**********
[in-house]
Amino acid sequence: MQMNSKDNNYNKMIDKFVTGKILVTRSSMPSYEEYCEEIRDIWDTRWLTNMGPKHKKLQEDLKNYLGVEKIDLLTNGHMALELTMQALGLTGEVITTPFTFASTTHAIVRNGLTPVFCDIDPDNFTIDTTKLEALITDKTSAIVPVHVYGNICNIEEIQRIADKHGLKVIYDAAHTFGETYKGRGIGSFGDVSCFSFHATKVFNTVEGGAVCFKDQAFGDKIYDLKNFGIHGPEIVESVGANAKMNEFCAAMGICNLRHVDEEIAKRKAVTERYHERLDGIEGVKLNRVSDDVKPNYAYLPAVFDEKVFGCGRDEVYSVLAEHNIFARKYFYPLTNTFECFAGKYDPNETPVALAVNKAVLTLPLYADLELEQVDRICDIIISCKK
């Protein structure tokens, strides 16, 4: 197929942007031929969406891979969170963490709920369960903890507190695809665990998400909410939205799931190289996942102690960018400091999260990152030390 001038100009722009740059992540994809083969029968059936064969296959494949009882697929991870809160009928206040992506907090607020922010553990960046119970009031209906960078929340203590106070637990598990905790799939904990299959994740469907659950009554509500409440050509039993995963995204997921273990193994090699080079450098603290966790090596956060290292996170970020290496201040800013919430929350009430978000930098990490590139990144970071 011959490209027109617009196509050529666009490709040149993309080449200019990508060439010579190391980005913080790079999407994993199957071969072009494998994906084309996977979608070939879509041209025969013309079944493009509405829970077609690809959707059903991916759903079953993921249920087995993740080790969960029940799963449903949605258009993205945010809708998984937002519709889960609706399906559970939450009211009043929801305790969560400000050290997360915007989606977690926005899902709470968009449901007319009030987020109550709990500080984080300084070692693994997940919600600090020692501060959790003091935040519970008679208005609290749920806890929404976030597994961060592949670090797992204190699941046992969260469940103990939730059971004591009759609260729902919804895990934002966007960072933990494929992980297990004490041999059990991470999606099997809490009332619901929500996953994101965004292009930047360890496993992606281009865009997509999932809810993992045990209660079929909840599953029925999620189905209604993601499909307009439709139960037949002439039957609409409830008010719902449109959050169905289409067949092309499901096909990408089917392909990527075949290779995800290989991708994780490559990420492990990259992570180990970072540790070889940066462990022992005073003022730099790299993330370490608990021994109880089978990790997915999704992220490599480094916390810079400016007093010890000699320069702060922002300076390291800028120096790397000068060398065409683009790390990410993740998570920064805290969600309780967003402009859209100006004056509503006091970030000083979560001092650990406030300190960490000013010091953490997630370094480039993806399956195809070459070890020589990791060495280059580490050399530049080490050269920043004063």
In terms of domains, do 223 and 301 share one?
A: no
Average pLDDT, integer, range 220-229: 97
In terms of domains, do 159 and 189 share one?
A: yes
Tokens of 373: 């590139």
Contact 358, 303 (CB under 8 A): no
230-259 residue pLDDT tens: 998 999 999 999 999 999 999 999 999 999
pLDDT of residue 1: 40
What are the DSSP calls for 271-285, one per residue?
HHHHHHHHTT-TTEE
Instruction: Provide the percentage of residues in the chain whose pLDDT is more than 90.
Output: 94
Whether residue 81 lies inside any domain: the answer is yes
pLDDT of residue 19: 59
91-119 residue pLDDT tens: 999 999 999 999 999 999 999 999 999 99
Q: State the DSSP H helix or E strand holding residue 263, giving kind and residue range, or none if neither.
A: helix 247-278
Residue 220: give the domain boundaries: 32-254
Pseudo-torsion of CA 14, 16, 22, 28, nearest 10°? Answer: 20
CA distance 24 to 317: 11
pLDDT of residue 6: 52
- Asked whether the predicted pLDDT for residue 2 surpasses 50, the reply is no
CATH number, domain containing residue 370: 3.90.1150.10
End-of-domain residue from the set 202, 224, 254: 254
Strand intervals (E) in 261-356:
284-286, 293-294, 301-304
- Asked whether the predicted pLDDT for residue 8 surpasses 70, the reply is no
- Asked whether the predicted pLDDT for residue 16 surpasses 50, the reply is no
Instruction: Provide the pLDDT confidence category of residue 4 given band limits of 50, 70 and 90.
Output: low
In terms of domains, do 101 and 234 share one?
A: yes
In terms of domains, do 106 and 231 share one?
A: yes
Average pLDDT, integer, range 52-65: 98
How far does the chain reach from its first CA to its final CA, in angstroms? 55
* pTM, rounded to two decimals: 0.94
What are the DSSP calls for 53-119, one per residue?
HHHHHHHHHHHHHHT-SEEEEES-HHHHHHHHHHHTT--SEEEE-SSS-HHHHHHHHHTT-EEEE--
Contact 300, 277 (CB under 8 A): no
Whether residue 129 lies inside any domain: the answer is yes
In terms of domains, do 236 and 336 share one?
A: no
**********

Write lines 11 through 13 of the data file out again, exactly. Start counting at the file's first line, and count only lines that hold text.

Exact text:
230-259 residue pLDDT tens: 998 999 999 999 999 999 999 999 999 999
pLDDT of residue 1: 40
What are the DSSP calls for 271-285, one per residue?